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Runway v No runway

Runway v No runway


The idea Heathrow will remain a global hub thanks to the addition of a third runway needs serious examination, writes Adrienne Copithorne

In 2008, Theresa May said a third runway at Heathrow would undermine our national climate change targets. Now, as prime minister, she has apparently changed her mind, as the government announced on 25 October 2016 that it was in favour of a new runway at Heathrow over a second runway at Gatwick. According to its official statement: ‘The government believes that a new runway at Heathrow can be delivered within the UK’s carbon obligations.’

With the decision structured as a ‘runway vs runway’ rather than ‘runway v no runway’ and other concerns, such as noise and air pollution at the forefront of protestors’ minds, the issue of climate change from greenhouse gas emissions was sidelined. Transport Secretary Chris Grayling dismissed concerns by referring only vaguely to a ‘whole raft of measures to address the issue’ which must be balanced against the need to ensure Britain’s prosperity through increasing provision for air travel.

Although aviation at the moment accounts for only 6 per cent of the UK’s greenhouse gas emissions, they have doubled since 1990, whereas economy wide emissions have reduced by a third, according to the independent committee on climate change. The government has indicated it expects to mitigate the increase in emissions from air travel in and out of Heathrow by cutting back emissions in other sectors. This of course presumes that the predicted emissions reductions in other sectors can be achieved and that the resulting net reduction is sufficient to mitigate the effects of climate change.

The Climate Change Act 2008 commits the government to cut CO2 levels by 80 per cent of 1990 levels in 2050. This will have to be increased to 85 per cent if the increase in aviation capacity is met, and the latter also subject to an emissions target of no greater than 2005 levels. This however would require significant improvements in fuel and operational efficiency and measures to limit demand to only 45 per cent above current levels by 2050 according to the CCC. The latter restriction appears at odds with the aim of encouraging growth in the aviation sector. It seems unlikely that the government will take active steps to limit demand at the same time as building new runways.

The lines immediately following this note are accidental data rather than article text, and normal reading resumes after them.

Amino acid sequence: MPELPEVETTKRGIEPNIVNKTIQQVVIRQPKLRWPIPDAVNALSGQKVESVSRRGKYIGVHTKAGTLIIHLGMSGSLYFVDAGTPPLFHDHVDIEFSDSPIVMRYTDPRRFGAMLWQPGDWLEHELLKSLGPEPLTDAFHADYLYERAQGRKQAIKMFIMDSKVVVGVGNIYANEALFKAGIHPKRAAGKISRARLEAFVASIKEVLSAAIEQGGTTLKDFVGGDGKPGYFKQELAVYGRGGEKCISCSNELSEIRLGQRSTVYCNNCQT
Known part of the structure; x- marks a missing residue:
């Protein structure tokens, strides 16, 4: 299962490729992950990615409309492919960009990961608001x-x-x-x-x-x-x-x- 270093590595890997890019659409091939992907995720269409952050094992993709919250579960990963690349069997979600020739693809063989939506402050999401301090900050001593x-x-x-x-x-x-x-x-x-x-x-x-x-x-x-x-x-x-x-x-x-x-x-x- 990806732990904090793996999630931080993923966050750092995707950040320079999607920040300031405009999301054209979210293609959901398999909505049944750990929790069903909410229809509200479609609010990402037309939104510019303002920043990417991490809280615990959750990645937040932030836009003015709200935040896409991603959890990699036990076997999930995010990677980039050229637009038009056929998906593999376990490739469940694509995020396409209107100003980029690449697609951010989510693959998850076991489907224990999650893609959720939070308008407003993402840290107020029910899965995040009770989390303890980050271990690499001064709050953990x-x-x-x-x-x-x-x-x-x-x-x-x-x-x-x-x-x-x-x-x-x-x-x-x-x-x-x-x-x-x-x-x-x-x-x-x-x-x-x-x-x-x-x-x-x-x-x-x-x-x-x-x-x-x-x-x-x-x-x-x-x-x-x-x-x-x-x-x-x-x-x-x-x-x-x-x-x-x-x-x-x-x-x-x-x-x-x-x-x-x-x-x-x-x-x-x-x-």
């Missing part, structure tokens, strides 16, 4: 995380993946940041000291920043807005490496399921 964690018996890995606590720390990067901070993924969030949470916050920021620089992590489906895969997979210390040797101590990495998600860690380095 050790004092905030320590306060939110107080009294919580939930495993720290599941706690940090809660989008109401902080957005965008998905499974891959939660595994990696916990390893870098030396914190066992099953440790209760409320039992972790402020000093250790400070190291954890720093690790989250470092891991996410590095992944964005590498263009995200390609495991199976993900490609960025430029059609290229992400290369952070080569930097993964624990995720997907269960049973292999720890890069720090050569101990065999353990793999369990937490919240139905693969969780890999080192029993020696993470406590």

The general trend of high level decision making, in regards to the implications for climate change, is to ignore the very real and substantial long term risks in favour of immediate priorities. This is to some degree an understandable reaction to the pressures on governments to be seen to be taking positive, productive steps that will keep the economy going. Building the third runway is a signal to the world that, despite Brexit, Britain is an enthusiastic player in the world economy.

Yet one wonders whether this is a gamble which will fail not just in terms of meeting climate change targets, but the economic goals the move clearly favours. At a recent aviation conference it was said that in the next five years China will be building 66 new airports. The idea that Heathrow will remain a global hub simply by virtue of historical precedent and a new runway needs serious examination. Given the gamble being taken with our future prosperity – and perhaps even existence – by expanding UK airport capacity, one hopes the decision makers in government are doing just that.

Adrienne Copithorne is a partner at Richard Buxton Environmental & Public Law